How Old Should a Black Belt Be?

Taido is athletic, and you can only expect performance of certain movements in students who are relatively young. I certainly feel that we should continue to encourage young Taidoka to reach the goal of black belt. Eventually, we are going to have to hand them the reigns all together. I know I can’t keep performing at my level forever, so I want to make sure that there is someone ready to step up and keep creating new Taido after I’m too old to eat anything but oatmeal.

But then I hear stuff about four year old black belts and junior high school students making 3dan at some American martial arts schools, and I think “No!!!!! That can’t be right. They’re way too young to be that good. There’s no way they can understand what it means to be a black belt.” But of course, that’s the problem – black belt doesn’t “mean” anything – not objectively.

It isn’t really about meaning though. The black belt is an award, given from teacher to student for meeting certain requirements and achieving a certain level of proficiency in an art. Those certain requirements and levels of proficiency are at the teacher’s discretion. Students have to trust their teachers to use that discretion wisely – in a way that benefits the students.

On the Karate Underground Forums, we’ve had a lot of discussions about what age a student should be in order to obtain a black belt ranking. We also had some discussion over the age requirements for higher degrees. It’s interesting to note a certain consistency here: there is a “tradition” of a year per degree number between levels. This gives support to the two most common markers of sixteen for shodan and thirty for 5dan. At a year per, that matches perfectly: eighteen for 2dan, twenty-one for 3dan, twenty-five for 4dan. These are minimums, kind of.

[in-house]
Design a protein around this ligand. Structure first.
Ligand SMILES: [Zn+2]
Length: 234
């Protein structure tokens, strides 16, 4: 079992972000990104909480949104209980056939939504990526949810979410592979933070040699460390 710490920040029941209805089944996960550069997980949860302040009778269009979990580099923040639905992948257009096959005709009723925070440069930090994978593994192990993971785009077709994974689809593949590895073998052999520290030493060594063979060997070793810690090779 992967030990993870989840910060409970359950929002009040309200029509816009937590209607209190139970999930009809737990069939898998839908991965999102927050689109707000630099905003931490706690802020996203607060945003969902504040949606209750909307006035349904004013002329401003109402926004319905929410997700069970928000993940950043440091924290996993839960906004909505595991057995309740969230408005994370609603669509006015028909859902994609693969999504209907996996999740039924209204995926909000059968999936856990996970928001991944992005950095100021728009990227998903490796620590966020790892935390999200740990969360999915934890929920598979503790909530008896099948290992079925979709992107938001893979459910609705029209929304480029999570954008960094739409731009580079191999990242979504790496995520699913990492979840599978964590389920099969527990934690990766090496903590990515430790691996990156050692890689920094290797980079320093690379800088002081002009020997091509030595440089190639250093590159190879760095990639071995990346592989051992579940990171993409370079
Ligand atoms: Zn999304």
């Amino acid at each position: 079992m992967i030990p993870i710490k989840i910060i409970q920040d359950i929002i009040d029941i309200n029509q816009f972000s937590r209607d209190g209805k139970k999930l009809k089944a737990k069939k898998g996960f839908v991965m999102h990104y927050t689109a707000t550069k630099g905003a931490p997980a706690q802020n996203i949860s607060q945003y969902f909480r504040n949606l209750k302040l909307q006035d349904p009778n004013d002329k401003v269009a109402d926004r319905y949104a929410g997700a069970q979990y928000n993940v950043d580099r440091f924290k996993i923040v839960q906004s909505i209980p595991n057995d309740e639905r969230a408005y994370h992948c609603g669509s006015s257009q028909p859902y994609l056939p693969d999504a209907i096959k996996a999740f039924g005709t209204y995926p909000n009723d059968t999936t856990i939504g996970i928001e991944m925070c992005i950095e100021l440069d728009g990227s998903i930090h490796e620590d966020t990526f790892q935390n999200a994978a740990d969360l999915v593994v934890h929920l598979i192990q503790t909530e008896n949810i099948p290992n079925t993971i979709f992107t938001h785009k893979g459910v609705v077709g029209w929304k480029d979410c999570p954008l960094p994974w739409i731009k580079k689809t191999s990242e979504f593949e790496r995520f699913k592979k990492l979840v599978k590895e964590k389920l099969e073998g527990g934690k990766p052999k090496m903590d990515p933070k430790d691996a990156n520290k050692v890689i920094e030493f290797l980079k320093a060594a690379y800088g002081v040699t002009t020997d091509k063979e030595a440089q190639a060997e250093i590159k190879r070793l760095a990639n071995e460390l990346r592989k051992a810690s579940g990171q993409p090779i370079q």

I remember replying to the initial post about minimum ages, almost without thinking: “sixteen years old.” Only after hitting the “submit” button, I realized that I had not even been that old when I reached shodan.

I wrote that, to me, a black belt is someone who is going to be teaching – even if not immediately. Someone under, say high school age isn’t going to have attained the psychological development to understand the interpersonal relations involved in teaching others. Younger students can be assistant instructors (I was from the time I was twelve), but they are not going to able to feasibly lead large classes or organize a lesson without supervision. Looking at it now, I can see that most of my arguments on that thread were inspired by specific difficulties I had as a young black belt in my dojo.

Other forum members posted various ages. Some suggested that children should not even be allowed to practice martial arts. There was an opinion that fighting ability should be a requisite for black belt, so any black belt should be able to win a fight against any lower belt. Since a child wouldn’t likely be able to defeat an older, larger student, that child should not be allowed to become a black belt. Some folks said that age should not be a factor – if an infant could perform the required techniques with proper form, then nobody had the right to say that infant was any less of a black belt than an older student.